With around 3,700 new third-party sellers emerging every day on Amazon alone, e-commerce continues to make significant gains, even as the pandemic wanes. But while the phenomenon may be impressive, the lifespans of individual e-commerce businesses can often be anything but: 20% of e-commerce start-ups end in failure within their first year, often due to the razor-thin operating margins that regularly hinder digital businesses.
In such businesses, insurance can be the difference between a manageable setback and total collapse. There's just one underlying problem: Traditional insurance companies do not offer the coverage options e-commerce retailers need to protect themselves against emerging risks.
An insurer's main objective is to analyze the nature of a business, identify the risks it faces and provide coverage accordingly. But when it comes to offering coverage plans for e-commerce retailers, the tools carriers have to assess the risk are often insufficient. Instead, many continue to sport outdated classification models and rarely consider the ever-changing digital landscape these businesses occupy. Retailers may have to pay unnecessarily high fees yet have insufficient coverage, while insurance carriers may face unexpected losses due to unanticipated risks or be incapable of offering coverage at all.
For the $10 trillion [and growing] global e-commerce industry, insurers have nothing to lose and everything to gain by leveraging market data to better address the specific risks digital businesses face on a daily basis.
Existing insurance protections such as general liability, product liability and transit insurance, to name a few, have evolved to cover most digital retailer needs, but not at the pace e-commerce-specific risks are proliferating.
Digital retailers don't need to anticipate the same slip-and-fall accidents or damages to property that most brick-and-mortars do, but that doesn't mean they are immune to other perils.
The ever-changing digital economy brings its own unique set of risks -- liabilities such as third-party bodily injuries, physical damages from products, cyber-attacks, shipping delays, account suspensions, IP infringements, unexpected refunds, list hijacking and downtime events. With e-commerce businesses often enjoying only the tiniest financial wiggle room, any one of these risks can at best create significant headaches and, at worst, be insurmountable.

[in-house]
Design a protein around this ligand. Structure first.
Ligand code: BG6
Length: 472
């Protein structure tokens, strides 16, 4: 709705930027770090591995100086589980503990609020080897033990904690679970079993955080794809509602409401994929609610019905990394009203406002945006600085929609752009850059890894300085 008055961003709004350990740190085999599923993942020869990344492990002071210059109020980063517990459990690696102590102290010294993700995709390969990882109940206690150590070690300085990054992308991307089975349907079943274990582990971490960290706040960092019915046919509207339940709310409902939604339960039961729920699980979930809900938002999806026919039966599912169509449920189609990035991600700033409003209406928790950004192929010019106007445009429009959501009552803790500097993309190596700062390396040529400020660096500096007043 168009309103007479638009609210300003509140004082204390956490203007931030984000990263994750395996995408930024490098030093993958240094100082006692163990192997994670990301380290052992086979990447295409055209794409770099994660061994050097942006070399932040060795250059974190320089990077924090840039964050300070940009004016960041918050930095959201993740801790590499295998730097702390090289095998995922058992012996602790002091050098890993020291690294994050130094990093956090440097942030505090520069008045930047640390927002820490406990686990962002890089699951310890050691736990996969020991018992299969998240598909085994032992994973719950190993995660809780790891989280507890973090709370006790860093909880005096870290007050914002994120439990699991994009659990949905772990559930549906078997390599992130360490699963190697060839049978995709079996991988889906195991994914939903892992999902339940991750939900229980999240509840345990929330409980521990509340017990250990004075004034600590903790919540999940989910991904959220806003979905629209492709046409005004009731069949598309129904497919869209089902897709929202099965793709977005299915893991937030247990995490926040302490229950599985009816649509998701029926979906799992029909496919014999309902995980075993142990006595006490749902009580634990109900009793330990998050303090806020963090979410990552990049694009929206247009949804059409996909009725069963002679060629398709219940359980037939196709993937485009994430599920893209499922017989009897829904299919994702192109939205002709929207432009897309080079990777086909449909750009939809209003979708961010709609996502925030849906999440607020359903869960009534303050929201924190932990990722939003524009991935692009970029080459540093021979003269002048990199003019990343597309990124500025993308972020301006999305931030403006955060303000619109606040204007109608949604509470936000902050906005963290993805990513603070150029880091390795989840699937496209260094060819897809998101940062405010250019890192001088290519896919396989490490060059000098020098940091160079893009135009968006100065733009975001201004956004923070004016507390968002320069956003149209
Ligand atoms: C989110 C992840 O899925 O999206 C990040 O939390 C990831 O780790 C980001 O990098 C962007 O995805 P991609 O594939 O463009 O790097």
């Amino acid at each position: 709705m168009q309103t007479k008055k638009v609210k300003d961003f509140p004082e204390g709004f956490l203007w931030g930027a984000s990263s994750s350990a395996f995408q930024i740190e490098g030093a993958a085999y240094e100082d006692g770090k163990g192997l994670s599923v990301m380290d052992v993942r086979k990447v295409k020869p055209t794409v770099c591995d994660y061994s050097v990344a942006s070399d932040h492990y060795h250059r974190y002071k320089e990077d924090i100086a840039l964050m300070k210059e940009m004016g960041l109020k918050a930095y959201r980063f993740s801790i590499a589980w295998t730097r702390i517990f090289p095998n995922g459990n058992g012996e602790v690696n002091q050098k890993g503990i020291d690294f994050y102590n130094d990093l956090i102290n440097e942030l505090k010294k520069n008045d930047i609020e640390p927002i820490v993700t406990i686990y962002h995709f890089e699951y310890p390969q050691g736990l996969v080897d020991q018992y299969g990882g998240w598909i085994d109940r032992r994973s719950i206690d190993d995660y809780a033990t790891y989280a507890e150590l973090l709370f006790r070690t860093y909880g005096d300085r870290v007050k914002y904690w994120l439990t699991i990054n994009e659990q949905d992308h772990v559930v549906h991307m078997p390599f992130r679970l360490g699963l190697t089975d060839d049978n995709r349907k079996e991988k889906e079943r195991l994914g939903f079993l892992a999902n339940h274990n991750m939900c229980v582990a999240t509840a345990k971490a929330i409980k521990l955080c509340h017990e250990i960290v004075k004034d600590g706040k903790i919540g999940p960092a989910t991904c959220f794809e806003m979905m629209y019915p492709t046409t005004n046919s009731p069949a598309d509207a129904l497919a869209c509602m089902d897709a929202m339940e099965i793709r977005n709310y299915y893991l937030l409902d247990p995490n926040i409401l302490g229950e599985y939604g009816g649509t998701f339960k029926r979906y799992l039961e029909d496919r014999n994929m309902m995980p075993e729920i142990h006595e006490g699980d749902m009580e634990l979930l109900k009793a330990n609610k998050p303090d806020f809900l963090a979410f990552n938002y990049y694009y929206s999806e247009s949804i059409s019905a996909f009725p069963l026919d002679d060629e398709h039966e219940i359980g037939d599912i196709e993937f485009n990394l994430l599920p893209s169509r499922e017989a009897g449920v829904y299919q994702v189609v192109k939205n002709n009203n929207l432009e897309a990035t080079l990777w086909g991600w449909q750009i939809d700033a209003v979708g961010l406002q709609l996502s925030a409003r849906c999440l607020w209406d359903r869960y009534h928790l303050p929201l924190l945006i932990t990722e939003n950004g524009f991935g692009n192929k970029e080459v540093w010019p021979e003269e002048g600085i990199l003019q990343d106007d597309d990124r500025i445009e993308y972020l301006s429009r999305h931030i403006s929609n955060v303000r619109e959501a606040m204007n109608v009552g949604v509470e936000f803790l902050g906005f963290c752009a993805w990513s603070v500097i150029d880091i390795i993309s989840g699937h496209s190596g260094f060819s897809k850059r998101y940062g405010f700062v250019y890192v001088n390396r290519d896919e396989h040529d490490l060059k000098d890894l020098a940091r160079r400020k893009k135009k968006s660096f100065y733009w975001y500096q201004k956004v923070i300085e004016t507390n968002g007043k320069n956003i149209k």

See also: Underwriting Enters a New Age of Data
Insurance coverage is conventionally based on tangible factors like a retailer's size, operating history and sales volume, and is completed following an assessment of risk exposure. Naturally, the greater the risk, the more comprehensive the insurance will need to be, and the pricier the policy.
Yet many traditional insurers lack the requisite data and tools to accurately assess the emergent risks tied to e-commerce -- a data gap that is widening. Many retailers end up paying for overpriced, static coverage that ultimately underserves them. In fact, approximately 30% of e-commerce businesses are unable to acquire the coverage they need.
Such coverage gaps will only multiply as the evolution of risks continues to outpace mitigation solutions. Take suspension, a nightmare scenario for digital businesses. Solutions that can minimize the risk of unjustified account termination while providing financial stability as they're reinstated can have huge impacts on businesses, especially SMBs.
Seize the Opportunity
Offering online businesses insurance options that cover any combination of current or emerging risks is complicated. Regardless of the type of insurance, costs hinge on the severity and frequency of the risks in question.
That said, in this digital age, e-commerce businesses should not have to struggle to find appropriate, comprehensive coverage that addresses the risks that so often plague them.
Aligning e-commerce needs with financial services and traditional insurance offerings may be an enormous challenge for insurers, but it is certainly also an opportunity. As the e-commerce market continues to boom, the insurance providers that recognize and capitalize on its largely untapped potential first will be the primary beneficiaries.